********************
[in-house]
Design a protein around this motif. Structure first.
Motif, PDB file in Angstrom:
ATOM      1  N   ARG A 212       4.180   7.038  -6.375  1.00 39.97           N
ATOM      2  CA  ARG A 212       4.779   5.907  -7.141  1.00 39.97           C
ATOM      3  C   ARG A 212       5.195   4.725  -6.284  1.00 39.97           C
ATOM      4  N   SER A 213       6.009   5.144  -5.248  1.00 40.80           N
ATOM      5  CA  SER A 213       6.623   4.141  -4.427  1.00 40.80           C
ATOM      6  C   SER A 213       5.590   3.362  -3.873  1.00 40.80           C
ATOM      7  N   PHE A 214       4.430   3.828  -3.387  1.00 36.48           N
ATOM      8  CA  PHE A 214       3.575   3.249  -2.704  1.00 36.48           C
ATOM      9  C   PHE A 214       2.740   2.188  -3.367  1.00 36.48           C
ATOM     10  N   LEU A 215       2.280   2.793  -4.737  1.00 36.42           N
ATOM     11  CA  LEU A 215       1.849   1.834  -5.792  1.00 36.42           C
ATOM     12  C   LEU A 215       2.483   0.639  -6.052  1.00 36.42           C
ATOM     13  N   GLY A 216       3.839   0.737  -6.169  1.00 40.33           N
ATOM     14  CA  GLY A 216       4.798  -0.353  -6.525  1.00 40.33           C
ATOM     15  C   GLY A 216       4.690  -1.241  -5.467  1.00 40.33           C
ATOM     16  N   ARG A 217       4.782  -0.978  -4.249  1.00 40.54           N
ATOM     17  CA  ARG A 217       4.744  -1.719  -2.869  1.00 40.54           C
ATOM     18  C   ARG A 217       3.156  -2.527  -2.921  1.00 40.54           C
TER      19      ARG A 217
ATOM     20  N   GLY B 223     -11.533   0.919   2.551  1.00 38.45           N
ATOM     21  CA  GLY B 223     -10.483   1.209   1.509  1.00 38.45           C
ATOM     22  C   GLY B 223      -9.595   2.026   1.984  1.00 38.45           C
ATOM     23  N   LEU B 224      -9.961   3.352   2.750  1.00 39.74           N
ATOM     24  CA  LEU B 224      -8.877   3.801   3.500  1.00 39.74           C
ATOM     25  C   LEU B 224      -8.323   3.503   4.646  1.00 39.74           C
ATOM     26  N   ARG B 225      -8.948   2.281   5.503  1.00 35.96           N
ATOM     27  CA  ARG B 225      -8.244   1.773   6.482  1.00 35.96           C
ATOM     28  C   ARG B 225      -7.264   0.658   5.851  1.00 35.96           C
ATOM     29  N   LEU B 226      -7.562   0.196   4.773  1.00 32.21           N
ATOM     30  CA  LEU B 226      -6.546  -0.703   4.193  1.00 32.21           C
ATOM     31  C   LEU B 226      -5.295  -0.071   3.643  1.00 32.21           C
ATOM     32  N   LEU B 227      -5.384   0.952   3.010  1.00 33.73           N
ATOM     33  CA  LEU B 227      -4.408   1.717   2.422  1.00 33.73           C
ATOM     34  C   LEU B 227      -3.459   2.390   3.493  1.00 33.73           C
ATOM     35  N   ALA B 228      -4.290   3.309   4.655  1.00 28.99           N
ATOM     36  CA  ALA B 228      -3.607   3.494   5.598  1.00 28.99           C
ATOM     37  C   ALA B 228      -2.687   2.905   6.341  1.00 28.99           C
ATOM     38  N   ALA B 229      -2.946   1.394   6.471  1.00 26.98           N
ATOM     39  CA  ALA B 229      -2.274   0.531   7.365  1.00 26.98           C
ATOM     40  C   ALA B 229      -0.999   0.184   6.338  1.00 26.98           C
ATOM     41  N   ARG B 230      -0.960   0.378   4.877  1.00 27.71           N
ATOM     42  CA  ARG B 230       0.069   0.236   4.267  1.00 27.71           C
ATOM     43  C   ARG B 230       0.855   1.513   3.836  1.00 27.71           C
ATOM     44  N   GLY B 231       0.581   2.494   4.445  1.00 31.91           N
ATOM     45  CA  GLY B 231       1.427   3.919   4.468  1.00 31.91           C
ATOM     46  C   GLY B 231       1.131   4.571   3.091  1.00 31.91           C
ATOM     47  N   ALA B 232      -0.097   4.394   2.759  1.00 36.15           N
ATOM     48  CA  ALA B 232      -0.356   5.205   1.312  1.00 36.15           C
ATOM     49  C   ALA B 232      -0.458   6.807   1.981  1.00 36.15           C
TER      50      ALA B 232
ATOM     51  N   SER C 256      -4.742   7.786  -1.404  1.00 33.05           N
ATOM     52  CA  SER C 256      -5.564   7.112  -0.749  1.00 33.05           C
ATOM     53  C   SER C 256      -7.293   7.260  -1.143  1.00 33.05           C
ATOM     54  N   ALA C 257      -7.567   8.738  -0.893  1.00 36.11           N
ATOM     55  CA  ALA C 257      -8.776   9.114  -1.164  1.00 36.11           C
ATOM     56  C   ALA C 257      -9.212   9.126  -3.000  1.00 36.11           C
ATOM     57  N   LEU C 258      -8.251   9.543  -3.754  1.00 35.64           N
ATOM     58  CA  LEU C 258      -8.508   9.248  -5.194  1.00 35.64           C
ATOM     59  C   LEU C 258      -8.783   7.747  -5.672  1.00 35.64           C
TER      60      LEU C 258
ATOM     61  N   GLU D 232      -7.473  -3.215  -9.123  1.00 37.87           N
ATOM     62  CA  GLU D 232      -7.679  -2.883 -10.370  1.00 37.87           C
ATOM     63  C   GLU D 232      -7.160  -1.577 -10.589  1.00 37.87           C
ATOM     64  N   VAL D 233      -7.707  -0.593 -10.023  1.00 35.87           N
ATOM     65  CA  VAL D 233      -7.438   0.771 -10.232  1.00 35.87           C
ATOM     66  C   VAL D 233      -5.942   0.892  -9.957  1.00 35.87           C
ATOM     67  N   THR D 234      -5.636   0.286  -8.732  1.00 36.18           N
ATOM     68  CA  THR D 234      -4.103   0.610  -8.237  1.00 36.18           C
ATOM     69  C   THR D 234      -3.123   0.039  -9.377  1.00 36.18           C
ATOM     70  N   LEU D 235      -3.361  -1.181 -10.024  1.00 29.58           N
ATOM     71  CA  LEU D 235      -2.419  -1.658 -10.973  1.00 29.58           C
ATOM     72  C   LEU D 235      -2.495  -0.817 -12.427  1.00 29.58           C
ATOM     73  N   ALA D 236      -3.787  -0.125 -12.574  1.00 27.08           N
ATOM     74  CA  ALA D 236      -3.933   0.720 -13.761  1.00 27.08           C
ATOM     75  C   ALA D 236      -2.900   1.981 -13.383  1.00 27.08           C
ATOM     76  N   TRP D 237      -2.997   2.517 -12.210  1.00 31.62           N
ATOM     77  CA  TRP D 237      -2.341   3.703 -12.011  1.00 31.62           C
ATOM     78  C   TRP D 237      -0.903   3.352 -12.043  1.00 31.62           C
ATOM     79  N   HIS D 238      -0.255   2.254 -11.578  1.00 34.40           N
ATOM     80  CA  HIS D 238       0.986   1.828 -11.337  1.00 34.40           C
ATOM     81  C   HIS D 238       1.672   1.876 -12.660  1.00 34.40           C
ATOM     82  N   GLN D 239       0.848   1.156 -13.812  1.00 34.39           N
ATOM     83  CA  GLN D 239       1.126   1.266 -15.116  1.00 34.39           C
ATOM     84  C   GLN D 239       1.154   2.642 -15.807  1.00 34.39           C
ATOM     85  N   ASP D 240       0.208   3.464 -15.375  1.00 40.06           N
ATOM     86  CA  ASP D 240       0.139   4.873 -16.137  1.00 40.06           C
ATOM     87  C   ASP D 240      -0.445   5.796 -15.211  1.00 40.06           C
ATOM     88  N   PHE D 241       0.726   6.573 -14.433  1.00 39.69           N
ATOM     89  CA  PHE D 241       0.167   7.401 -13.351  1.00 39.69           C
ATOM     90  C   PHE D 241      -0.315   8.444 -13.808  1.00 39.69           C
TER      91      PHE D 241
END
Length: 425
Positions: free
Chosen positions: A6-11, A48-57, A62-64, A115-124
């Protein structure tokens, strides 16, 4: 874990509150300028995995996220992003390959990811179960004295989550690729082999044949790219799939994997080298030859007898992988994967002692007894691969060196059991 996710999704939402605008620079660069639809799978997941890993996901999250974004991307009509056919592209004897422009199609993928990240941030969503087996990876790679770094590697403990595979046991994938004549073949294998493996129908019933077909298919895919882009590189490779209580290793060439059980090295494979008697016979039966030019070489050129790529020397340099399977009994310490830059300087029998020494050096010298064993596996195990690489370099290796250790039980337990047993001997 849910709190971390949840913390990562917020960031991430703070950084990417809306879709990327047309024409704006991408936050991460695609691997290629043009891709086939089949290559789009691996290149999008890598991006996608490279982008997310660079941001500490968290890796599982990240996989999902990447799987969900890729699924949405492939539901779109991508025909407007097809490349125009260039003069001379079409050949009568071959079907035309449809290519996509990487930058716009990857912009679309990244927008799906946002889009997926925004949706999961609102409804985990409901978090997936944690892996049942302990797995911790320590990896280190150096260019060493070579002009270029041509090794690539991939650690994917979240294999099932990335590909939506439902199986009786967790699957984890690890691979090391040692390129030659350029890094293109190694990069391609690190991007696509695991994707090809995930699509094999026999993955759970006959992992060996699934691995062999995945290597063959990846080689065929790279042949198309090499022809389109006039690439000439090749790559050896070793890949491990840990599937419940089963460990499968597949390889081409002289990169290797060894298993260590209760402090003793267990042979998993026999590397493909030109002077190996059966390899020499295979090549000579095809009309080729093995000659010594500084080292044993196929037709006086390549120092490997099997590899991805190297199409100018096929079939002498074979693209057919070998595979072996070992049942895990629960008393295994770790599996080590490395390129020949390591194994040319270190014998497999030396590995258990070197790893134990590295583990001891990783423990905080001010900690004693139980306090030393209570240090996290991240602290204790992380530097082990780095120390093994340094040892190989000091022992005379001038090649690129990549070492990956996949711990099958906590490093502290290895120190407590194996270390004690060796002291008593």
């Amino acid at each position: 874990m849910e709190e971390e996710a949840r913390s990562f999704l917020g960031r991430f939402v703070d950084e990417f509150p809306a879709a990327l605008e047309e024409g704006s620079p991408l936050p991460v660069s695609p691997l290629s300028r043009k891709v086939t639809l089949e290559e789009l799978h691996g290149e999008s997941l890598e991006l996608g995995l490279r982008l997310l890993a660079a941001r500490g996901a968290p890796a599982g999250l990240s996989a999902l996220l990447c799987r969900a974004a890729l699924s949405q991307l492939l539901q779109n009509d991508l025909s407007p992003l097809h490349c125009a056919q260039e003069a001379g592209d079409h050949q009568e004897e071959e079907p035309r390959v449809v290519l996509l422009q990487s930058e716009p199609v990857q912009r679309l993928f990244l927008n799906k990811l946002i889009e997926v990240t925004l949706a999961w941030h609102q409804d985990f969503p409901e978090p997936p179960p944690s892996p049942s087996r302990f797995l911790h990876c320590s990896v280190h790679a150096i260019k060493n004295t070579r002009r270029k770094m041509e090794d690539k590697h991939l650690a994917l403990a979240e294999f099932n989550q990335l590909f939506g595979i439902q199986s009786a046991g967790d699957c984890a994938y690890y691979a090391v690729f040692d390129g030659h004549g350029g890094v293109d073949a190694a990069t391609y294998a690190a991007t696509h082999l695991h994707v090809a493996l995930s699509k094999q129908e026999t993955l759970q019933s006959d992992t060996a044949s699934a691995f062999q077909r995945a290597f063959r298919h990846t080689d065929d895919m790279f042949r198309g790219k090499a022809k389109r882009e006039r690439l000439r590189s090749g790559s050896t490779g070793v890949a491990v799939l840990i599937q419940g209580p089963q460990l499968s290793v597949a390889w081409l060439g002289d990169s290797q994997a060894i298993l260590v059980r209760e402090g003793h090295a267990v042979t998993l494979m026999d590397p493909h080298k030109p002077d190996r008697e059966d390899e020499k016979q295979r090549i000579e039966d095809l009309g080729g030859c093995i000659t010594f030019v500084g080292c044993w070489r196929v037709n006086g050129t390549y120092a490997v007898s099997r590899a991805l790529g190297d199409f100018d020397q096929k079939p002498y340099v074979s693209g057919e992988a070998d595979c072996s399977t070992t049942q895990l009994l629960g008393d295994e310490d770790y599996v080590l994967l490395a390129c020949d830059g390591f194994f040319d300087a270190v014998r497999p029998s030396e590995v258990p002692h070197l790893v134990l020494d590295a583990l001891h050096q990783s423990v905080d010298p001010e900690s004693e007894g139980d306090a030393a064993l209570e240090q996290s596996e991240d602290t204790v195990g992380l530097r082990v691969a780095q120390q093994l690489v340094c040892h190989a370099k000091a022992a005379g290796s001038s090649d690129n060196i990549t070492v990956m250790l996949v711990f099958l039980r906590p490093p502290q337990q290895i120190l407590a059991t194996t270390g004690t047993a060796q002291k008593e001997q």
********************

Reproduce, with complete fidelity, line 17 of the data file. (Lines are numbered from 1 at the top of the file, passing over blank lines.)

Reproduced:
ATOM     14  CA  GLY A 216       4.798  -0.353  -6.525  1.00 40.33           C